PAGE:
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So I have a class called ArtPiece that defines several attributes of public artpieces such as title, description, etc. I store ArtPiece objects in an array called mapAnnotations in the appDelegate so they will be global, and they will be put on a map as annotations. When the map region changes I make a URL call to get the information of artpieces that entered the region, make artPiece objects from the parsed info, then add them to an array called items in a class called "ArtsXMLParser". I want mapAnnotations to hold all the artpieces that are on the map, but when the region changes I want to add only the artpieces from "items" that are not already in mapAnnotations, so as to not put duplicate annotations on the map. Here is a method in a third class that manages the annotations. Everything seems to work, but the if statement with containsObject: gets called everytime, so apparently the artpieces are never matching although when they are logged they have the same info. Is there a better way to see if two arrays have an object with the exact same attributes in common?

-(void)requestFinished:(ASIHTTPRequest *)request{
    //NSLog(@"requestFinished:");

    //NSLog(@"%@", [request responseString]);
    mainDelegate = (PublicArtAppDelegate*)[[UIApplication sharedApplication]delegate];      
    ArtsXMLParser *parser = [[ArtsXMLParser alloc] init];
    [parser parseXMLWithData:[request responseData] parseError:nil];
    newAnnots = [[NSMutableArray alloc] init];

    for (int xy = 0; xy<[parser items].count; xy++) 
    {
        if (![mainDelegate.mapAnnotations containsObject:[[parser items]objectAtIndex:xy]])
        {
            NSLog(@"%@", [[parser items]objectAtIndex:xy]);
            [self.newAnnots addObject:[[parser items]objectAtIndex:xy]];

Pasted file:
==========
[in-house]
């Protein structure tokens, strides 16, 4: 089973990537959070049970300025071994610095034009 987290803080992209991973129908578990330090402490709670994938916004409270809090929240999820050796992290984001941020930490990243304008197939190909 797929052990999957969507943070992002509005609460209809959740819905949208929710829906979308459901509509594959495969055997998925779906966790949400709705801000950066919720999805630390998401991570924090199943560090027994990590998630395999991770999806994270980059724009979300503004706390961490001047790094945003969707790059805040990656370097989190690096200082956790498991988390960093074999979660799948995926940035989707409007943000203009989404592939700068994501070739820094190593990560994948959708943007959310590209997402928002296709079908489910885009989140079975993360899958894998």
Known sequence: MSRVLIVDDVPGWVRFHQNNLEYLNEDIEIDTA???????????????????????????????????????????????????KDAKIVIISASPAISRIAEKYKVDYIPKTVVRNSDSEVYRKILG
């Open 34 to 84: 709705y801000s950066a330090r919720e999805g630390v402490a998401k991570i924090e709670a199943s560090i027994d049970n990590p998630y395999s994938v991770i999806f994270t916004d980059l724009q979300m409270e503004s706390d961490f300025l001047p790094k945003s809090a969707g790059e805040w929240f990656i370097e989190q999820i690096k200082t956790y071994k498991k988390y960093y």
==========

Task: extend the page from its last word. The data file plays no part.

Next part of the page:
NSLog(@"%@", [newAnnots objectAtIndex:xy]);
            [mainDelegate.mapAnnotations addObject:[[parser items]objectAtIndex:xy]];
            NSLog(@"%@", [mainDelegate.mapAnnotations objectAtIndex:xy]);
        }
    }
    //mainDelegate.mapAnnotations = [parser items];
    [parser release];

    [self.mapView addAnnotations:self.newAnnots];
    [newAnnots removeAllObjects];
    //[mainDelegate.mapAnnotations addObject:newAnnots];
    [newAnnots release];
    if (mainDelegate.mapAnnotations==0) {
        UIAlertView *alert2 = [[UIAlertView alloc] initWithTitle:nil message:@"No art work match your search term" delegate:nil cancelButtonTitle:@"OK" otherButtonTitles:nil];
        [alert2 show];
        [alert2 release];
    }
}

I'll be happy to clarify anything that wasn't explained well. Thanks for any help!

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1 Answer 1

up vote 1 down vote accepted

In your ArtPiece object you need to subclass the isEqual: method so that it returns YES when two artPieces are equal. The default implementation of this method just compares pointer values for individual objects, which, in your case, is not what you want.

See Apple's documentation on the isEqual: method for some details that you need to be aware of when subclassing.

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Thanks for the feedback! So in the isEqual method is the "receiver" the object before the containsObject:, and "other" is the one after? And how do I refer to the receiver in the method? –  Ryan Jun 27 '11 at 18:46
    
Inside the isEqual: method, self refers to the receiver. –  kubi Jun 27 '11 at 18:53

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